A Look Back at the 2016 Atlantic Hurricane Season

December 27, 2016 by Stephen Strum
Topics:   Frontier | Hurricane |

The 2016 Atlantic hurricane season was an above average season that concluded with 15 named storms, 7 hurricanes, and 3 major hurricanes. This fit neatly into our preseason predictions of 14-16 named storms and 6-8 hurricanes. All of these totals are above the long-term averages (11 named storms, 6 hurricanes, 2 major hurricanes), but quite comparable with the averages during the recent active period which spans from 1995-2015 (14 named storms, 7 hurricanes, 3 major hurricanes). Above normal water temperatures in large parts of the tropical Atlantic, along with the absence of El Nino in the equatorial Pacific, were the key factors that produced the busy season.

2016 Hurricane Season

  • The 2016 hurricane season in the Atlantic had above average activity. There were 15 named storms, 7 hurricanes, and 3 major hurricanes (Category 3 or stronger).

  • The U.S. was directly affected by 2 hurricanes in the 2016 season (Hermine and Matthew) as well as 2 additional tropical storms (Colin and Julia) and one former tropical storm (Bonnie).

  • The 2016 season had the largest death toll since 2005.

  • In terms of monetary damages, the 2016 season was the most damaging since 2012.

  • Most of the casualties and damages in the season were the result of Hurricane Matthew, which became the first Category 5 hurricane in the Atlantic since 2007.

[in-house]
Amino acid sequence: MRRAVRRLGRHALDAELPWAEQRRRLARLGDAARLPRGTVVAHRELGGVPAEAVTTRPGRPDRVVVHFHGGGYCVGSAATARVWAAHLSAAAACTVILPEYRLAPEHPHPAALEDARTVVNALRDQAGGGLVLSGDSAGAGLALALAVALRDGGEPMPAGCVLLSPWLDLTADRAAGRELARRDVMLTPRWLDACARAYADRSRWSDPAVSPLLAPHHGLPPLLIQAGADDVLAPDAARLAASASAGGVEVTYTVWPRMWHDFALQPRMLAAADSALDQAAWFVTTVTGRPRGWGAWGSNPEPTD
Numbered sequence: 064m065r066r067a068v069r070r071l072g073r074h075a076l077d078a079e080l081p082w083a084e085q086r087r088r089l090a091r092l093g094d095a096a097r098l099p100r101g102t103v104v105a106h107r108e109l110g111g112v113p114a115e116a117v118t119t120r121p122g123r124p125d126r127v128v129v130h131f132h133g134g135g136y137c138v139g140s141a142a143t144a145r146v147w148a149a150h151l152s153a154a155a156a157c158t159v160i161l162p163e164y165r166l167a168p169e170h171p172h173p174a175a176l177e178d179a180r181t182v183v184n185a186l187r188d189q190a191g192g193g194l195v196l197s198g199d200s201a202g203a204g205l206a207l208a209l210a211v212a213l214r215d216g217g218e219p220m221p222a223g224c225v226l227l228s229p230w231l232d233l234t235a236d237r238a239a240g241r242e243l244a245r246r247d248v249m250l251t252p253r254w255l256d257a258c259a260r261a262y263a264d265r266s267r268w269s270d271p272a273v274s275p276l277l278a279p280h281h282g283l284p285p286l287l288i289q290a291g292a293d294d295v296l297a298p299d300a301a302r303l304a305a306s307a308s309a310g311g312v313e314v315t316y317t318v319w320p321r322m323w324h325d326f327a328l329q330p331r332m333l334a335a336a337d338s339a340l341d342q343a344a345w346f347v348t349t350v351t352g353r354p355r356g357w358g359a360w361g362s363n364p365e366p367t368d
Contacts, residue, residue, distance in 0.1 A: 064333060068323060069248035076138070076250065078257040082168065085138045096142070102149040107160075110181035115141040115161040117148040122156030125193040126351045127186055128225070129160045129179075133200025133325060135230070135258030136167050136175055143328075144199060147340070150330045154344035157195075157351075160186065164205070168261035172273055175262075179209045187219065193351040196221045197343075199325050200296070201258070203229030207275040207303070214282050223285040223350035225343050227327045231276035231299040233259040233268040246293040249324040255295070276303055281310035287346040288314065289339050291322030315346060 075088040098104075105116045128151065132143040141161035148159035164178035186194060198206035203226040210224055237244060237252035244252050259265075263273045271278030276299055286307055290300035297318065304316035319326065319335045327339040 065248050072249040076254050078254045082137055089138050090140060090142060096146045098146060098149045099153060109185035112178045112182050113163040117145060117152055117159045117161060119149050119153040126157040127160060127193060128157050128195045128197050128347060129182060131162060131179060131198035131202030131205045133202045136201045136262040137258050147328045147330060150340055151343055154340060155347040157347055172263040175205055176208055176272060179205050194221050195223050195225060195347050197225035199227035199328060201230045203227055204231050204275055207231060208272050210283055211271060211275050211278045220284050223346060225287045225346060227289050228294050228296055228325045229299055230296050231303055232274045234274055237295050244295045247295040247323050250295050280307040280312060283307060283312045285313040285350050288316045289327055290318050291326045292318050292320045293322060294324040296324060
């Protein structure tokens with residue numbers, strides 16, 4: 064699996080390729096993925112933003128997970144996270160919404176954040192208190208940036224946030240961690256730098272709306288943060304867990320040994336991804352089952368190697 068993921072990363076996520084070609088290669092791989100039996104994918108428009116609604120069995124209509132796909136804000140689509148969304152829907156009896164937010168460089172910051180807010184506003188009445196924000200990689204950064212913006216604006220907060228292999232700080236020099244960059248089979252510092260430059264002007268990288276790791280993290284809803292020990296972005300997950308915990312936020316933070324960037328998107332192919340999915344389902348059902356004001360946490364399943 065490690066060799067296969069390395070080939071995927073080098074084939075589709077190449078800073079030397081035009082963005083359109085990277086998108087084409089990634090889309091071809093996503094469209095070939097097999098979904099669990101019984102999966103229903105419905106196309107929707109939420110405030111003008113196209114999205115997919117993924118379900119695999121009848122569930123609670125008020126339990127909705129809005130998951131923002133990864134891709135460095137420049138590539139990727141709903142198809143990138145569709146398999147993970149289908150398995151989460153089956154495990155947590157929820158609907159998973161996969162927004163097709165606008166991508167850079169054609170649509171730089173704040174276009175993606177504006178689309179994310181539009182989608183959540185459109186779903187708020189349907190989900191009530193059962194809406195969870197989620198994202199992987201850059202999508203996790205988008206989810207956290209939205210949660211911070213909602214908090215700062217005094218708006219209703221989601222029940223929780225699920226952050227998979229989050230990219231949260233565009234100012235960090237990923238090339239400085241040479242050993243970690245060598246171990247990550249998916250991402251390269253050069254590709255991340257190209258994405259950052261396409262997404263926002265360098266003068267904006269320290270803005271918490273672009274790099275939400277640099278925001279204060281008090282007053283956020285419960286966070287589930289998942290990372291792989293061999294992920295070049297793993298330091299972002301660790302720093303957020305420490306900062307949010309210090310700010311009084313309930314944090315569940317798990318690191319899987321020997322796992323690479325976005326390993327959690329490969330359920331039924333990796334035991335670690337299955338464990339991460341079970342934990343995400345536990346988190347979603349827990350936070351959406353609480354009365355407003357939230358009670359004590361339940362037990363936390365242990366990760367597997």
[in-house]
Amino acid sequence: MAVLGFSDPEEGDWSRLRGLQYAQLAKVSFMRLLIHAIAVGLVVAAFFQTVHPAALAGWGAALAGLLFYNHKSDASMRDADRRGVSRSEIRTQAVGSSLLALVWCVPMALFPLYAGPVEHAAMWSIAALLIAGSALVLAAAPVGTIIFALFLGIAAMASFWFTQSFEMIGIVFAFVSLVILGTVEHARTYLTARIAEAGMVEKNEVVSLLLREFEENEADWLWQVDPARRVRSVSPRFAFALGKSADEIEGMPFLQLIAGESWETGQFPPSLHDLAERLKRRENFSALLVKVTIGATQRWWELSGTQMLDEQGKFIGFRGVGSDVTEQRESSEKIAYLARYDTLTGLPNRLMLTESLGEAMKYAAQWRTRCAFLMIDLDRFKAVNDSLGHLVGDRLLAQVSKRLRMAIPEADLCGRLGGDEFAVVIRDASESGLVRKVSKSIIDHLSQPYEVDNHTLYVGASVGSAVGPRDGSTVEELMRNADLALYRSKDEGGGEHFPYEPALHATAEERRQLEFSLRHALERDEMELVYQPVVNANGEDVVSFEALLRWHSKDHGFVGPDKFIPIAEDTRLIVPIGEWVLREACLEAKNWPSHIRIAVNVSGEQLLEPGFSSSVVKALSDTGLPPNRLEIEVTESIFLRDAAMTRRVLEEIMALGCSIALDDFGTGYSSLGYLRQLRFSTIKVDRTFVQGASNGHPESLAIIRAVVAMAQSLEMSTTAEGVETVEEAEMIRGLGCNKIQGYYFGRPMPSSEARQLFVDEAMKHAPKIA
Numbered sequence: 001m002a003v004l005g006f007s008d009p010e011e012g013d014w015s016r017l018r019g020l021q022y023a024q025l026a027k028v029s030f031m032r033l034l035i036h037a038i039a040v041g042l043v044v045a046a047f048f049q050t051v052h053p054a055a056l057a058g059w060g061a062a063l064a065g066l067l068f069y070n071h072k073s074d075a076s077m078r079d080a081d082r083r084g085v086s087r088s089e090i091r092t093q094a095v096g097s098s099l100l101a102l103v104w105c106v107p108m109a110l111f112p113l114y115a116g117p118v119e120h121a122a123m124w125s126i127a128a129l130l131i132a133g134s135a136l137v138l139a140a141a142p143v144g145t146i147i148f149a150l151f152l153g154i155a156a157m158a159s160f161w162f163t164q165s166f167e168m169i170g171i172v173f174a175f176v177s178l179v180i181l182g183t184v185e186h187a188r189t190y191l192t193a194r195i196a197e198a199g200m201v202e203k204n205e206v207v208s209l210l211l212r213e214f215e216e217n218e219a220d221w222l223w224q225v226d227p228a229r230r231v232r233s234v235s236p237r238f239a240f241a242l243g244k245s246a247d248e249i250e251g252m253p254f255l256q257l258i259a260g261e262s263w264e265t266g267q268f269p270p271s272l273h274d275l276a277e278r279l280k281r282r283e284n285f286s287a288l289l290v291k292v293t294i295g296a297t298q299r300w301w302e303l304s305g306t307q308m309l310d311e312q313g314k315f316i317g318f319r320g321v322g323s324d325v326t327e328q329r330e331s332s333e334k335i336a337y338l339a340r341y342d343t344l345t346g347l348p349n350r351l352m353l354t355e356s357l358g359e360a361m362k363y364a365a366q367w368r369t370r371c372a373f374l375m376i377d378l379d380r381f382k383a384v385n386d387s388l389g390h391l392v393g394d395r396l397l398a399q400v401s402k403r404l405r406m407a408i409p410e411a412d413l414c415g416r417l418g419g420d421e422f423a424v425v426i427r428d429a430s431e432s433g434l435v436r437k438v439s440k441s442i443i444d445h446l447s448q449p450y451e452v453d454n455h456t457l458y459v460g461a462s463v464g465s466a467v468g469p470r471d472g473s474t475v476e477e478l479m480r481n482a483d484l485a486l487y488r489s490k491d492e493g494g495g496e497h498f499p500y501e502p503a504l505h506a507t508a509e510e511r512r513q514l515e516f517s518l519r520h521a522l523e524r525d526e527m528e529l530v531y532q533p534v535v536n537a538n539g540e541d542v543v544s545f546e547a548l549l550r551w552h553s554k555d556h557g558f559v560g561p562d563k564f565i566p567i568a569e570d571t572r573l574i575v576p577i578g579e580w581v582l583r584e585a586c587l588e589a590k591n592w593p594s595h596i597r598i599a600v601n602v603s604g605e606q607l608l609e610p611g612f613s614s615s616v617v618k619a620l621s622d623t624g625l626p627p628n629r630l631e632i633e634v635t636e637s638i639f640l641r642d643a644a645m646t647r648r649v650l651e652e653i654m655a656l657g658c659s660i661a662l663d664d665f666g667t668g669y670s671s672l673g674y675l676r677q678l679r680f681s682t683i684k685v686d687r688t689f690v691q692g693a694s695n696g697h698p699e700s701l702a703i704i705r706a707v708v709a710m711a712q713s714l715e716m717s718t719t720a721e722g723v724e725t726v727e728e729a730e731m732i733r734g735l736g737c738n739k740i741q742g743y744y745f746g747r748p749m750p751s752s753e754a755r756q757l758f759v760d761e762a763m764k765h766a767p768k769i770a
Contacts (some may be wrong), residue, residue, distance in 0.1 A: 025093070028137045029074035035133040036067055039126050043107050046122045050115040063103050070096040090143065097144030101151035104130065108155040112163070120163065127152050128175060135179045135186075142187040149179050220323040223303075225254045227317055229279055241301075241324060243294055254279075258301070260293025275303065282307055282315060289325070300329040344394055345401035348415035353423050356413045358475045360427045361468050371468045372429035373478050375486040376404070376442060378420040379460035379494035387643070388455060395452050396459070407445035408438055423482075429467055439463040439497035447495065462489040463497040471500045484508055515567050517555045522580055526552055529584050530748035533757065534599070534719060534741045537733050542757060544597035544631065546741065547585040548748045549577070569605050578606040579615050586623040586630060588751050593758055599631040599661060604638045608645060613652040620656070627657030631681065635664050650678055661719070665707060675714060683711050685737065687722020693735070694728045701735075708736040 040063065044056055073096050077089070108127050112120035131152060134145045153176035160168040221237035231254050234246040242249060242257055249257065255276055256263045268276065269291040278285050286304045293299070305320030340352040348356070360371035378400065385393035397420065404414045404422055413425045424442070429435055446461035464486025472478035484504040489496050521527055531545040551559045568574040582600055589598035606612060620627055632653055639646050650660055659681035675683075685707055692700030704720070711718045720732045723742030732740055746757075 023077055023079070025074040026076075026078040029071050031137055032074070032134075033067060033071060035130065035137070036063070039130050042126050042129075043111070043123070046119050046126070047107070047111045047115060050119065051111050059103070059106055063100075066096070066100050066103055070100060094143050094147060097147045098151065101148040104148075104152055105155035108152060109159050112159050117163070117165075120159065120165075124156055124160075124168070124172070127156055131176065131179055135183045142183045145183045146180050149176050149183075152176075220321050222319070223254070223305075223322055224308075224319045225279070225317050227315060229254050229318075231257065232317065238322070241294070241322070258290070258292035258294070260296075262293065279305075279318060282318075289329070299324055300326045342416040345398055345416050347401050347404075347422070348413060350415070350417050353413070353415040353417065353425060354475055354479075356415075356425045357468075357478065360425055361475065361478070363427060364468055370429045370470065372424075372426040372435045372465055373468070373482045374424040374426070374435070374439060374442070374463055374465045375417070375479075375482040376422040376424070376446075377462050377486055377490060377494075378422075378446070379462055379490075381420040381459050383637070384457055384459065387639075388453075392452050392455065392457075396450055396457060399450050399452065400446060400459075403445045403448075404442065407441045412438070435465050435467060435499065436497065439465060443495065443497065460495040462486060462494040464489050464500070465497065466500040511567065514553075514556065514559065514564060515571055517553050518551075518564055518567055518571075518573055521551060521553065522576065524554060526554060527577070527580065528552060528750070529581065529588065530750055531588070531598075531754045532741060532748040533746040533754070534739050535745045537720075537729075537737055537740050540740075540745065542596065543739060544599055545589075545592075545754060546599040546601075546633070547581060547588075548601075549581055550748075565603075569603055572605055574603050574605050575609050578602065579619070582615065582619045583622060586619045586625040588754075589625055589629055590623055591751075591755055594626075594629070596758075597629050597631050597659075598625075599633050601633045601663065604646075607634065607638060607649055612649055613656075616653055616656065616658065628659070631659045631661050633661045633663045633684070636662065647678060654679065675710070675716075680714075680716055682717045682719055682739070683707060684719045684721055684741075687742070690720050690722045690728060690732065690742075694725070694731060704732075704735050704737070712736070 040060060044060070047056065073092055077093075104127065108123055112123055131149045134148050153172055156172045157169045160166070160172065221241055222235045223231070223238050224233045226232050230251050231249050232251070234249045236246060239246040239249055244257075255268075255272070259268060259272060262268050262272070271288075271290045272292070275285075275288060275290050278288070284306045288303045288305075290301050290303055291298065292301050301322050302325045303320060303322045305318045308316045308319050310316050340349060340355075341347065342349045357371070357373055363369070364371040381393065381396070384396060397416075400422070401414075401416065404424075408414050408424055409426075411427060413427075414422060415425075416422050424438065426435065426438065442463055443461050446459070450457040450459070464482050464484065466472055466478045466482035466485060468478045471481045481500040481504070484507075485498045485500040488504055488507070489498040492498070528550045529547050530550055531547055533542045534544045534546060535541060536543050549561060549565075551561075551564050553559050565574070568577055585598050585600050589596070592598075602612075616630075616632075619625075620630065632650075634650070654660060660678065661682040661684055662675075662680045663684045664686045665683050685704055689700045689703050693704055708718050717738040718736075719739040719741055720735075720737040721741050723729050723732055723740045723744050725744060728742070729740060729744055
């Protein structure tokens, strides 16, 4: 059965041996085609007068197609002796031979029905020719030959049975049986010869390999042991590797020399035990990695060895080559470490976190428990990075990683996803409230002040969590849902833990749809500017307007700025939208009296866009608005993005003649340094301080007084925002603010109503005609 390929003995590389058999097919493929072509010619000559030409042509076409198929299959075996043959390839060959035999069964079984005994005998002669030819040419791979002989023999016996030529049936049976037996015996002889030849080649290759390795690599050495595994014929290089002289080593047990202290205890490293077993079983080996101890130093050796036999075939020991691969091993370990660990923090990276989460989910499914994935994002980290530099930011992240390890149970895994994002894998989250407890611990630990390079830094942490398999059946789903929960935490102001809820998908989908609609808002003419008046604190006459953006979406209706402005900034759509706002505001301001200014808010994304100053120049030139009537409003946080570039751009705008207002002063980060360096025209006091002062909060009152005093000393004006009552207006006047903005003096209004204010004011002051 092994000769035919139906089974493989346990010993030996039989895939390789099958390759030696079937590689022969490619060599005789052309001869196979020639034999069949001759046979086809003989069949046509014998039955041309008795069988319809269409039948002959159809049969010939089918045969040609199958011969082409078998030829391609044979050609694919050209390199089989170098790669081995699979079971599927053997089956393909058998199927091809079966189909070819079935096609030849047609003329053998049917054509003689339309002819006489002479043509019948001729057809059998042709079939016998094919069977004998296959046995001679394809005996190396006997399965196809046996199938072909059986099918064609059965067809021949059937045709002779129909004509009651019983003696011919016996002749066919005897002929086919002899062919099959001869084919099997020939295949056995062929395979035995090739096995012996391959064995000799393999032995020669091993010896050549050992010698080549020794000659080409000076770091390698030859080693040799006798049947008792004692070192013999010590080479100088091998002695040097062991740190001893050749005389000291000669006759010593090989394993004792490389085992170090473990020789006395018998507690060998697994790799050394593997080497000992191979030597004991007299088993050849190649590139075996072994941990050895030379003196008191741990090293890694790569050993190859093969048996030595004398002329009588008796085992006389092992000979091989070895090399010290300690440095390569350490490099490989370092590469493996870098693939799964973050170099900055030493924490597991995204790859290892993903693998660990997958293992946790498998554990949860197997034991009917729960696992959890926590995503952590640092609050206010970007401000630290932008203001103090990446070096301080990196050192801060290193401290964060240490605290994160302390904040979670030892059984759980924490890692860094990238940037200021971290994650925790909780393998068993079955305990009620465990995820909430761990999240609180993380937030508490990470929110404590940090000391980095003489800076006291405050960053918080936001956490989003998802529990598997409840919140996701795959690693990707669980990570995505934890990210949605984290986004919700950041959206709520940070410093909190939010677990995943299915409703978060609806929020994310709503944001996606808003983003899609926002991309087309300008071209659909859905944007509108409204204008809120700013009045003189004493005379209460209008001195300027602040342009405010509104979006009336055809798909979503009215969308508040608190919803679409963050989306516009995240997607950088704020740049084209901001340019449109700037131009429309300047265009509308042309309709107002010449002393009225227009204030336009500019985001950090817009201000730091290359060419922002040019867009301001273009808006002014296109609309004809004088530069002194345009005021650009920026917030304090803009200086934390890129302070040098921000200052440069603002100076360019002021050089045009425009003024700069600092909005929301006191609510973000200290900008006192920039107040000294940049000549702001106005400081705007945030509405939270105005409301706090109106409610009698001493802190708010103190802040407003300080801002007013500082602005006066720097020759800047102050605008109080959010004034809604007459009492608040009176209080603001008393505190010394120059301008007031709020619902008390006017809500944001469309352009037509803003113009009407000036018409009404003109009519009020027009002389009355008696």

The strongest, deadliest, and costliest storm of the season was Hurricane Matthew, which was also the first hurricane in the Atlantic to reach Category 5 intensity since 2007. At least 700 people were killed by the storms of 2016 in the Atlantic basin, and this toll could increase depending on the final death toll from Hurricane Matthew in Haiti. The total damage caused by the tropical storms and hurricanes in the 2016 season currently stands at about $11.6 billion (US), most of which is from Hurricane Matthew. The U.S. suffered two hurricane landfalls (Hermine and Matthew) plus direct impacts from two other tropical storms (Colin and Julia) and one former tropical storm (Bonnie).
 
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Stephen Strum

I’m currently the VP of Extended Forecast Services at WDT, Inc. Prior to joining WDT, I was the President and founder of Frontier Weather, Inc. from 2003-2016 and provided historical and forecast data services to over 100 companies in the energy trading industry. From 1999-2003 I was the lead forecaster at Williams Energy Marketing and Trading in Tulsa, OK and also provided weather presentations on Energy News Live from 2000-2002. I taught an Economic Meteorology course on the Tulsa campus of the Oklahoma State University from 2003-2009, and also taught a similar class at University of Oklahoma in Norman, OK in 2008. I have an M.S. in Meteorology from the University of Oklahoma (1999) and a B.S. in Meteorology from The Pennsylvania State University (1997).